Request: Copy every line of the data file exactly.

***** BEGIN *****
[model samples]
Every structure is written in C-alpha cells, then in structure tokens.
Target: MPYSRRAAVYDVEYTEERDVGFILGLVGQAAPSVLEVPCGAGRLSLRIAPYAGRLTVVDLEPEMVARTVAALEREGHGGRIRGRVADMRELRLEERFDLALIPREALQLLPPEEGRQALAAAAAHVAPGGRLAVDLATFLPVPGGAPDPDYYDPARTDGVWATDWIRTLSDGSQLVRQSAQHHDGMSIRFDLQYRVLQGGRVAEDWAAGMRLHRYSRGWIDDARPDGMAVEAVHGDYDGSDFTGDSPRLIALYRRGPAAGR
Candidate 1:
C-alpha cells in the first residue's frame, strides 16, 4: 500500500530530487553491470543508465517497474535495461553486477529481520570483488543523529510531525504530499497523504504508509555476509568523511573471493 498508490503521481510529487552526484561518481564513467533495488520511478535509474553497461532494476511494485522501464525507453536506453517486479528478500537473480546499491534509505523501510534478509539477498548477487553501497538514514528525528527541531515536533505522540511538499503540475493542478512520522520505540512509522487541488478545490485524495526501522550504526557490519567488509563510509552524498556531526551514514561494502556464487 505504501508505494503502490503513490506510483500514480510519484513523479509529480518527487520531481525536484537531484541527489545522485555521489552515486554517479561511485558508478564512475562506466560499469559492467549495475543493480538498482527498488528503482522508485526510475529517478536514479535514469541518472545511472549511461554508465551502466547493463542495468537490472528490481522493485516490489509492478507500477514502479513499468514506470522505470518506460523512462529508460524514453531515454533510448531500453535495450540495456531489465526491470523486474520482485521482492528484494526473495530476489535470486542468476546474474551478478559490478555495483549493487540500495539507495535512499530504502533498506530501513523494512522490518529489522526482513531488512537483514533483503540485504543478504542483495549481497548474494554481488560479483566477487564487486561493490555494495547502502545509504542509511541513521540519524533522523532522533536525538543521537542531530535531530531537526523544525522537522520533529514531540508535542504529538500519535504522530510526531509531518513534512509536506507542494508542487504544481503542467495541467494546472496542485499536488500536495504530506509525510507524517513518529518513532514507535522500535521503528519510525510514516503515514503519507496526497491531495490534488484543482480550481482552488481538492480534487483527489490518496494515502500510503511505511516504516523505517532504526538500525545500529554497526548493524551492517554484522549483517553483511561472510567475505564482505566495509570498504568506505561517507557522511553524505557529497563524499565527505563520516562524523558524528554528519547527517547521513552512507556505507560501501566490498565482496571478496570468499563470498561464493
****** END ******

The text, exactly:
[model samples]
Every structure is written in C-alpha cells, then in structure tokens.
Target: MPYSRRAAVYDVEYTEERDVGFILGLVGQAAPSVLEVPCGAGRLSLRIAPYAGRLTVVDLEPEMVARTVAALEREGHGGRIRGRVADMRELRLEERFDLALIPREALQLLPPEEGRQALAAAAAHVAPGGRLAVDLATFLPVPGGAPDPDYYDPARTDGVWATDWIRTLSDGSQLVRQSAQHHDGMSIRFDLQYRVLQGGRVAEDWAAGMRLHRYSRGWIDDARPDGMAVEAVHGDYDGSDFTGDSPRLIALYRRGPAAGR
Candidate 1:
C-alpha cells in the first residue's frame, strides 16, 4: 500500500530530487553491470543508465517497474535495461553486477529481520570483488543523529510531525504530499497523504504508509555476509568523511573471493 498508490503521481510529487552526484561518481564513467533495488520511478535509474553497461532494476511494485522501464525507453536506453517486479528478500537473480546499491534509505523501510534478509539477498548477487553501497538514514528525528527541531515536533505522540511538499503540475493542478512520522520505540512509522487541488478545490485524495526501522550504526557490519567488509563510509552524498556531526551514514561494502556464487 505504501508505494503502490503513490506510483500514480510519484513523479509529480518527487520531481525536484537531484541527489545522485555521489552515486554517479561511485558508478564512475562506466560499469559492467549495475543493480538498482527498488528503482522508485526510475529517478536514479535514469541518472545511472549511461554508465551502466547493463542495468537490472528490481522493485516490489509492478507500477514502479513499468514506470522505470518506460523512462529508460524514453531515454533510448531500453535495450540495456531489465526491470523486474520482485521482492528484494526473495530476489535470486542468476546474474551478478559490478555495483549493487540500495539507495535512499530504502533498506530501513523494512522490518529489522526482513531488512537483514533483503540485504543478504542483495549481497548474494554481488560479483566477487564487486561493490555494495547502502545509504542509511541513521540519524533522523532522533536525538543521537542531530535531530531537526523544525522537522520533529514531540508535542504529538500519535504522530510526531509531518513534512509536506507542494508542487504544481503542467495541467494546472496542485499536488500536495504530506509525510507524517513518529518513532514507535522500535521503528519510525510514516503515514503519507496526497491531495490534488484543482480550481482552488481538492480534487483527489490518496494515502500510503511505511516504516523505517532504526538500525545500529554497526548493524551492517554484522549483517553483511561472510567475505564482505566495509570498504568506505561517507557522511553524505557529497563524499565527505563520516562524523558524528554528519547527517547521513552512507556505507560501501566490498565482496571478496570468499563470498561464493